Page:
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Album Review: Amerie - "Because I Love It"

Good Girl Stays Good

About.com Rating 2.5 Star Rating


Album Review: Amerie -

Album cover © Sony Music.

In late 2006 and early 2007, Amerie was dissing Beyonce subtly and overtly, accusing the ex-Destiny's Child member of jacking her vocal style. And in doing that, Amerie opened herself to being compared to Beyonce on many levels (vocals, looks, sales, etc.). And on her third album, Because I Love It, Amerie confirms it once and for all: she's not on Beyonce's level in any category that matters (or even categories that don't matter, like height). That's not to say that Amerie isn't a good singer - she is. Beyonce may (arguably) have more talent, but Amerie isn't exactly mediocre. A little boring maybe, but not mediocre.

Pure & Wholesome

One of the main reasons that Amerie has only had one smash hit (2005's "1 Thing") in the United States so far is because of her plain, straightforward vocal style. But although she's about as exciting as wallpaper, what she does have, however, is plenty of vocal power, which she displays throughout the album. It's just that when she tries to coo in a sexy voice, like on "That's Where U R," that she comes up short.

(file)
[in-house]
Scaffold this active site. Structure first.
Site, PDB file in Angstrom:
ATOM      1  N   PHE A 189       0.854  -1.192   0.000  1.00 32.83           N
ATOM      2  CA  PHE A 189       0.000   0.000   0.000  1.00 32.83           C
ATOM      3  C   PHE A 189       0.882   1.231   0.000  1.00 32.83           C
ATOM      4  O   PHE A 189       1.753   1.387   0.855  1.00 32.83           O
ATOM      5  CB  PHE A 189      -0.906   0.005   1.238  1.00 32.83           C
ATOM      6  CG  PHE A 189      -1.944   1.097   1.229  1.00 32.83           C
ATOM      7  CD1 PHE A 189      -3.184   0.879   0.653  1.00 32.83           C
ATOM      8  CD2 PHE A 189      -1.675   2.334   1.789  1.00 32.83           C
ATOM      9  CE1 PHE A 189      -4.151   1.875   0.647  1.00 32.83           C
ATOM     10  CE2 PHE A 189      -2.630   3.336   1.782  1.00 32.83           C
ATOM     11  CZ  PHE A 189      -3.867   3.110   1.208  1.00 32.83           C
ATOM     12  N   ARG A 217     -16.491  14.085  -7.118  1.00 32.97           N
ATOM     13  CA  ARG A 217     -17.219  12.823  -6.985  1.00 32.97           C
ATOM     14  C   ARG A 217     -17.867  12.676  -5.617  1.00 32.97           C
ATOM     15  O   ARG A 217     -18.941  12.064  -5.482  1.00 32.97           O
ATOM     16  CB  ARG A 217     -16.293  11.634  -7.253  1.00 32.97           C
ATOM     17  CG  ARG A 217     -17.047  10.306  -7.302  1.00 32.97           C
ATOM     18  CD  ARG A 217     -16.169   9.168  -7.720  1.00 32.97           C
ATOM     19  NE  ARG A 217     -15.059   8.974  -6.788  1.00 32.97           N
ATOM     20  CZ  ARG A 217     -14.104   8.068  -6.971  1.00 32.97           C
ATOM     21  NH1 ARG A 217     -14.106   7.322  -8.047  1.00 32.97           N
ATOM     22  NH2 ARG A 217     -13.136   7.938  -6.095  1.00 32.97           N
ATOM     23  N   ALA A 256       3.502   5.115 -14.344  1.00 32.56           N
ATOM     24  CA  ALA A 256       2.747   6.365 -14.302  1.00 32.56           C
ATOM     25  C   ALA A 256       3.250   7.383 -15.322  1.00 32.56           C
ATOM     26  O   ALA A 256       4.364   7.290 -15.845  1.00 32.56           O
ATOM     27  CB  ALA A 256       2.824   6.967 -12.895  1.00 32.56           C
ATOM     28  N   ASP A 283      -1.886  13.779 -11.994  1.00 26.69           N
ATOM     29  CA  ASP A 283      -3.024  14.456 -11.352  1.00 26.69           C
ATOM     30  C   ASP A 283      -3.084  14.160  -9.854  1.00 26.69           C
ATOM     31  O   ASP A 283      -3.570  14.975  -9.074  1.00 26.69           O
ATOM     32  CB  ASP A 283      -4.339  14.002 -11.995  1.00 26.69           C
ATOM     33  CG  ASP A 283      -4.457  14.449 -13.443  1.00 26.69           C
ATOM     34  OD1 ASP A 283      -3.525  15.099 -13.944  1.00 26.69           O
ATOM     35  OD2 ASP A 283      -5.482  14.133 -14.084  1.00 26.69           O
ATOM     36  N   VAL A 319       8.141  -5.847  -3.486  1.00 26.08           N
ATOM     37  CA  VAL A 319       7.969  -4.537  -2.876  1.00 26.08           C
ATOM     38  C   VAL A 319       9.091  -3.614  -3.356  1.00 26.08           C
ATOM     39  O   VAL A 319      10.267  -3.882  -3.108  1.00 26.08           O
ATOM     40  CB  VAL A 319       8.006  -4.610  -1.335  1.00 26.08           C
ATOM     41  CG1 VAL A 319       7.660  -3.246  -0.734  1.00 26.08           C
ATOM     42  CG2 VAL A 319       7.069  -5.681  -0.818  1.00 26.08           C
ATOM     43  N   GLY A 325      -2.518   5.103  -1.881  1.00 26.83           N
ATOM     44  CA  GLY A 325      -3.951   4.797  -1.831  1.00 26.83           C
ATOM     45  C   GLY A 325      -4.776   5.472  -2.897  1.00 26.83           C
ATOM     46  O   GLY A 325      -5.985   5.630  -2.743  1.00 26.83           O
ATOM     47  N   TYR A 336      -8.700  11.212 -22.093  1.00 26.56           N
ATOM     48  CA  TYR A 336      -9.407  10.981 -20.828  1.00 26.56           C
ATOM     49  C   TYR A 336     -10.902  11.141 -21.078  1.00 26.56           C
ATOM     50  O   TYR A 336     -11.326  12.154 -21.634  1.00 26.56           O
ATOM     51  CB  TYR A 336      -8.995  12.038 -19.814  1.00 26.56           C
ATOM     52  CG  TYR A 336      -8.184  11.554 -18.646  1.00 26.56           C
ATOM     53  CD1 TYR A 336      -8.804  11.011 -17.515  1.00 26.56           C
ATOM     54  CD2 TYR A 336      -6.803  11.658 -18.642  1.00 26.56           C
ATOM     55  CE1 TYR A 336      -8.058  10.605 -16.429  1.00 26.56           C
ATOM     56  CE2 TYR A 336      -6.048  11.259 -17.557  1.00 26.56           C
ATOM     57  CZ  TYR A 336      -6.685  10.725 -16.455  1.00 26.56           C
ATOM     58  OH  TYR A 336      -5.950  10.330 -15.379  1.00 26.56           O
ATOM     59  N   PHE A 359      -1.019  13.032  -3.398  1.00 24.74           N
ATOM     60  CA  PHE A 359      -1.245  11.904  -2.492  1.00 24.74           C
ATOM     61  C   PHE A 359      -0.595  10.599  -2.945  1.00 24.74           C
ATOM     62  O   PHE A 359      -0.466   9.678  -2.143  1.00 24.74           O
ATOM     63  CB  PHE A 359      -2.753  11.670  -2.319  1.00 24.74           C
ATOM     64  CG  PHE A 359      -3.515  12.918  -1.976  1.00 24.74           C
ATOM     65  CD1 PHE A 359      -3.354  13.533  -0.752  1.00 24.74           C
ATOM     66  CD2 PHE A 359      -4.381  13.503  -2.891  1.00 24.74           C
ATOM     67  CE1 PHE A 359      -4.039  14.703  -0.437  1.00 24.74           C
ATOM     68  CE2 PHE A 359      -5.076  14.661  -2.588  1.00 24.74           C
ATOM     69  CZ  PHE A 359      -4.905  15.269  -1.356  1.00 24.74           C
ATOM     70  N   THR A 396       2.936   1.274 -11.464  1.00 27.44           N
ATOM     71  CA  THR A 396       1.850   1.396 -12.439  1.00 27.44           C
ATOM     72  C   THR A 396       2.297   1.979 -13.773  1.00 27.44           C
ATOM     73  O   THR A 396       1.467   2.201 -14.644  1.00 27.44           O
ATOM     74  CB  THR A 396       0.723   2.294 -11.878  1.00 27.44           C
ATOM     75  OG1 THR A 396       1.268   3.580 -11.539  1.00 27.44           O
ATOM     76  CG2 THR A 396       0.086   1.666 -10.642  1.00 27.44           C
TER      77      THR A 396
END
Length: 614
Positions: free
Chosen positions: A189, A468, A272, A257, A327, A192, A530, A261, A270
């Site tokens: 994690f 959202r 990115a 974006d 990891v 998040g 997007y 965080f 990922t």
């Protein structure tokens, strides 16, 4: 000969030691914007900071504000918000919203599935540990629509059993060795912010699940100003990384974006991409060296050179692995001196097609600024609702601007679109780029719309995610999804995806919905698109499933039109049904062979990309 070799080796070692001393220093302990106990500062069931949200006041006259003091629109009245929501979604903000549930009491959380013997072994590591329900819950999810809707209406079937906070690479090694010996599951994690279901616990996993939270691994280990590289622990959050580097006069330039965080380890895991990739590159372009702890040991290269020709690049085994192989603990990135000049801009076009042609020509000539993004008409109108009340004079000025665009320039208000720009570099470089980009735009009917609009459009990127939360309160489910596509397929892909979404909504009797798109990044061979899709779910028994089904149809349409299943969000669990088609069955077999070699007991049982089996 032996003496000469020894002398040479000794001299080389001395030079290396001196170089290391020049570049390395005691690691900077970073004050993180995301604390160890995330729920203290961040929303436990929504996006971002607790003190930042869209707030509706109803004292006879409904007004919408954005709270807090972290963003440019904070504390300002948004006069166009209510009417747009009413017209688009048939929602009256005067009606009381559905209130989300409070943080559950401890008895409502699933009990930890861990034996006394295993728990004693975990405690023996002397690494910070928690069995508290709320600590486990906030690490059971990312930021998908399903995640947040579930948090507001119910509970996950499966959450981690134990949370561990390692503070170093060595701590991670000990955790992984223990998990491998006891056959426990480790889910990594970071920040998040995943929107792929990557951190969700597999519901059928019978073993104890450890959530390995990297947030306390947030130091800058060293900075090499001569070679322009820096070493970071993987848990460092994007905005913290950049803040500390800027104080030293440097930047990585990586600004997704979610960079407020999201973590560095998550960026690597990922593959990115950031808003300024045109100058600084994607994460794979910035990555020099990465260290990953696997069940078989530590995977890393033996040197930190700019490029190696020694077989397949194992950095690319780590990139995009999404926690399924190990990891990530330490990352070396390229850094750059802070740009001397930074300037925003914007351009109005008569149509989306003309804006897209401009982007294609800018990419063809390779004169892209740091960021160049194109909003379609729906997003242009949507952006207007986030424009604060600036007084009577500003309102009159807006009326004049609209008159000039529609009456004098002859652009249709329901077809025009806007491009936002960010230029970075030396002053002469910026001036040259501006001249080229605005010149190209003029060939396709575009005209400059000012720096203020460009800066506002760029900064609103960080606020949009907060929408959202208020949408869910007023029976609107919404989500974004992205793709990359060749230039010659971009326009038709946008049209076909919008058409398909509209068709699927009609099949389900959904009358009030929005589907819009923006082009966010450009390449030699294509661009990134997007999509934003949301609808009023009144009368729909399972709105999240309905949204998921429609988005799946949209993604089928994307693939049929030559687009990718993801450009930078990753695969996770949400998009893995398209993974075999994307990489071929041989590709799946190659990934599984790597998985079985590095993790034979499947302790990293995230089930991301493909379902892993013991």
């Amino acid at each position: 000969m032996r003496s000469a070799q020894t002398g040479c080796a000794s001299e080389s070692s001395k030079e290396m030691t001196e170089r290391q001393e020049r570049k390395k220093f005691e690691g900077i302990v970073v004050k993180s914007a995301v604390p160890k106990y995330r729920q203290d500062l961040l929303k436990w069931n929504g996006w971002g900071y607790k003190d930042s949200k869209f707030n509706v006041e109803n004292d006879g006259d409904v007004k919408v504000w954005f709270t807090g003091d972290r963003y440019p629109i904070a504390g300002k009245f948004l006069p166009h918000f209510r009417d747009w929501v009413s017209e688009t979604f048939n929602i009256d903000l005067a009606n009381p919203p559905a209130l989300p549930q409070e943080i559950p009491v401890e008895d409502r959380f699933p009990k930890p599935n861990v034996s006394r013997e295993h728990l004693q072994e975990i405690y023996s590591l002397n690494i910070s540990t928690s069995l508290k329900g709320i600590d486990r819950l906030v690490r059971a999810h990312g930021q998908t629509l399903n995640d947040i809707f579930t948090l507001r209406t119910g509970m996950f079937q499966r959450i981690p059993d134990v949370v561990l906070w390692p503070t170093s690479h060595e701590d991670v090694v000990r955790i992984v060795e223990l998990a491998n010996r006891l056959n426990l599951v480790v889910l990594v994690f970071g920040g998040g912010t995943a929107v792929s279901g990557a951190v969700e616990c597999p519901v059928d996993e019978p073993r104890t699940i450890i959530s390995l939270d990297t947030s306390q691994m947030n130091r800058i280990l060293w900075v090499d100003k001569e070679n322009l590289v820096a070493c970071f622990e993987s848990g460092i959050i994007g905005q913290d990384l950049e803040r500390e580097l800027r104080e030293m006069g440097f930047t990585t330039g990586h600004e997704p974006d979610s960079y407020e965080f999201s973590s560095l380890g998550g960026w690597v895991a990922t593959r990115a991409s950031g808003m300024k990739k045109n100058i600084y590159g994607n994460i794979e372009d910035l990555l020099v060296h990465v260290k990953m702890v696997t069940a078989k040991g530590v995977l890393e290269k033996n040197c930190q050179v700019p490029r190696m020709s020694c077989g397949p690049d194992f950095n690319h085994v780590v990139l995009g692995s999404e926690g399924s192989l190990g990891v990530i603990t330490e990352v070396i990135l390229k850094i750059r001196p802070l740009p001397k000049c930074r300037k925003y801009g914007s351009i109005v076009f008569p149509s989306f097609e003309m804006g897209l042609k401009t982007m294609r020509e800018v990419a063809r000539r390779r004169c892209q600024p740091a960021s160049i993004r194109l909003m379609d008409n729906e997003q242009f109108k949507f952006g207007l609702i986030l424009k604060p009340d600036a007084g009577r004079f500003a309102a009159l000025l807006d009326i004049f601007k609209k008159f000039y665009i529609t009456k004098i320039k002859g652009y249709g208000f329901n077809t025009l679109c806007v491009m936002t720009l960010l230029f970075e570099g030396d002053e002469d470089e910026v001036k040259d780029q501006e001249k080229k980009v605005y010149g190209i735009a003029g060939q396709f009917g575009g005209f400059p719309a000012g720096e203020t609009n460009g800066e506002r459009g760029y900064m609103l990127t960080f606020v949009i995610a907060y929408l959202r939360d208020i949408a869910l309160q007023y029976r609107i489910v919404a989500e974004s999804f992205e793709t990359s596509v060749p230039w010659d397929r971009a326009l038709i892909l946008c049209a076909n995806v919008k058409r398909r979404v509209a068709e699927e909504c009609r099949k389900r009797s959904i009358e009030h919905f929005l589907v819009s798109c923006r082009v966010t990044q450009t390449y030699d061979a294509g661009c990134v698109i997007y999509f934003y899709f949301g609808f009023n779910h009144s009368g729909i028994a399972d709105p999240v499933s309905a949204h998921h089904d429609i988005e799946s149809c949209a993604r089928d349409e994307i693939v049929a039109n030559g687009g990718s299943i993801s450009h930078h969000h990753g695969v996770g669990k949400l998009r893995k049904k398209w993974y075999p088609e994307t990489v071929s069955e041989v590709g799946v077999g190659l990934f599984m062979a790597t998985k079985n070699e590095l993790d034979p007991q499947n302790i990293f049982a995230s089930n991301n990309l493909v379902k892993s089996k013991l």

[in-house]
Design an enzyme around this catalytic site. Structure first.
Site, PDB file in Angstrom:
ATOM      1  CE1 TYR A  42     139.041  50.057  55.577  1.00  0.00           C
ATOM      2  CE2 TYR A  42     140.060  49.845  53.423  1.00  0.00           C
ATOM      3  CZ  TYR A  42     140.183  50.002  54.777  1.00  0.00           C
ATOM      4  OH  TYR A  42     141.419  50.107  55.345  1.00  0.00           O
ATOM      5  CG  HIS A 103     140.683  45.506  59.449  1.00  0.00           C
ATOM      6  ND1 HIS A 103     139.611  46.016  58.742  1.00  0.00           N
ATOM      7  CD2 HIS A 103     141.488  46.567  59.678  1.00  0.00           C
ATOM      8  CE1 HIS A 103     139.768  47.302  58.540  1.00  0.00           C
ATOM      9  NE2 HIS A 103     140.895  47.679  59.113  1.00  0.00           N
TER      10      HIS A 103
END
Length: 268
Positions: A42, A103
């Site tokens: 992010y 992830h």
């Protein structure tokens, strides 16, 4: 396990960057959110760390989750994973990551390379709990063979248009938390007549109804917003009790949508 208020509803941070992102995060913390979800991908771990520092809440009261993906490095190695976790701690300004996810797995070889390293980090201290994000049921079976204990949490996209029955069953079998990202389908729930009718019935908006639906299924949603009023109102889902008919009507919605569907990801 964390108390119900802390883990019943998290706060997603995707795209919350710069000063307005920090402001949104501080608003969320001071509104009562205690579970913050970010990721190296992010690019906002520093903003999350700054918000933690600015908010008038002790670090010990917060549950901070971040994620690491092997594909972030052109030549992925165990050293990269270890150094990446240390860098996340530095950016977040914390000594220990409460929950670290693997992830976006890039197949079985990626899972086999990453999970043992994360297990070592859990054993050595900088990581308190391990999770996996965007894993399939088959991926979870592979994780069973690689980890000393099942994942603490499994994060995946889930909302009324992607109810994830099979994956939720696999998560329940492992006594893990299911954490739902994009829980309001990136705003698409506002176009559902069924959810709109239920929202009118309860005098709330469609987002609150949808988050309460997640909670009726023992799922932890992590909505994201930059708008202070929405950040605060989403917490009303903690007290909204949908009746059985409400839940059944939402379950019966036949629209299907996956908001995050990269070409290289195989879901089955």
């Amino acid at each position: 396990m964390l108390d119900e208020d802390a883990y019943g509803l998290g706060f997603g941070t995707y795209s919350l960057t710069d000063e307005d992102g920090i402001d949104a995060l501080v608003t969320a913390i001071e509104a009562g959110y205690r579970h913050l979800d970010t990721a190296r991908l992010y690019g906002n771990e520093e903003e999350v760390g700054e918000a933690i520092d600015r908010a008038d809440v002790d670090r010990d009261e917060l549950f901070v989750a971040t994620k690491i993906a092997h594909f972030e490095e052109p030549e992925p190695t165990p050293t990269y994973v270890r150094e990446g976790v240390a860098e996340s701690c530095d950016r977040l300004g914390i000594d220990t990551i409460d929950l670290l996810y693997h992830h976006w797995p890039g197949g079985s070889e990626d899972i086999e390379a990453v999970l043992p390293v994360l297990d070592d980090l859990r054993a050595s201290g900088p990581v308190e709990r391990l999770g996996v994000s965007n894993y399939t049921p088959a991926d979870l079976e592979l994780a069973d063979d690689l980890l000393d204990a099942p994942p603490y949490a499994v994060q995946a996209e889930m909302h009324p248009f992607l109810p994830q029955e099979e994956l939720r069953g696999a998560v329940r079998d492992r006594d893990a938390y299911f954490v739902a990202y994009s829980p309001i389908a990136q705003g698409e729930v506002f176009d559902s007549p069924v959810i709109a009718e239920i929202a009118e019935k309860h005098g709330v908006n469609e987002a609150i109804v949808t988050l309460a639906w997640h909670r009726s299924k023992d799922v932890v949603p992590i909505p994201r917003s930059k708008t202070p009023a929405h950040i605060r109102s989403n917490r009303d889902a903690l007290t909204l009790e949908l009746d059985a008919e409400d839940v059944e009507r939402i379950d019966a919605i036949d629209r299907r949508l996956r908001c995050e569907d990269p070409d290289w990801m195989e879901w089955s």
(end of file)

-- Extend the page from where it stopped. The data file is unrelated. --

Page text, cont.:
No, Amerie's much better when it comes to belting out songs like "Gotta Work," which is one of the best songs on the album. It, and "Hate2LoveU," another song on Because I Love It, are basically updated versions of "1 Thing," complete with hard-thumping percussion and funky James Brown-style breaks.

But the album has its fair shre of pitfalls. "Crush" is nauseating bubblegum pop that sounds like it was written for - or by - a 13-year-old, instead of Amerie, who was born in January, 1978. "Crazy Wonderful," isn't much better, with it's lame, 1980s high school vibe.

But to her credit, despite her beef with Beyonce, Amerie is one of R&B's ultimate good girls. There's not a single profanity on Because I Love It, and not even a hint of vulgarness. And for that alone, she's deserves accolades. Although she comes across Pollyanna-ish on some songs, at least she's not trying to chase popular music trends or hop on bandwagons. Instead, she continues to cement her own identity in the music world. Her evolution into a vibrant, powerful singer is evident.

She's no Beyonce Knowles, but that's okay. She's Amerie Rogers, and that's enough.

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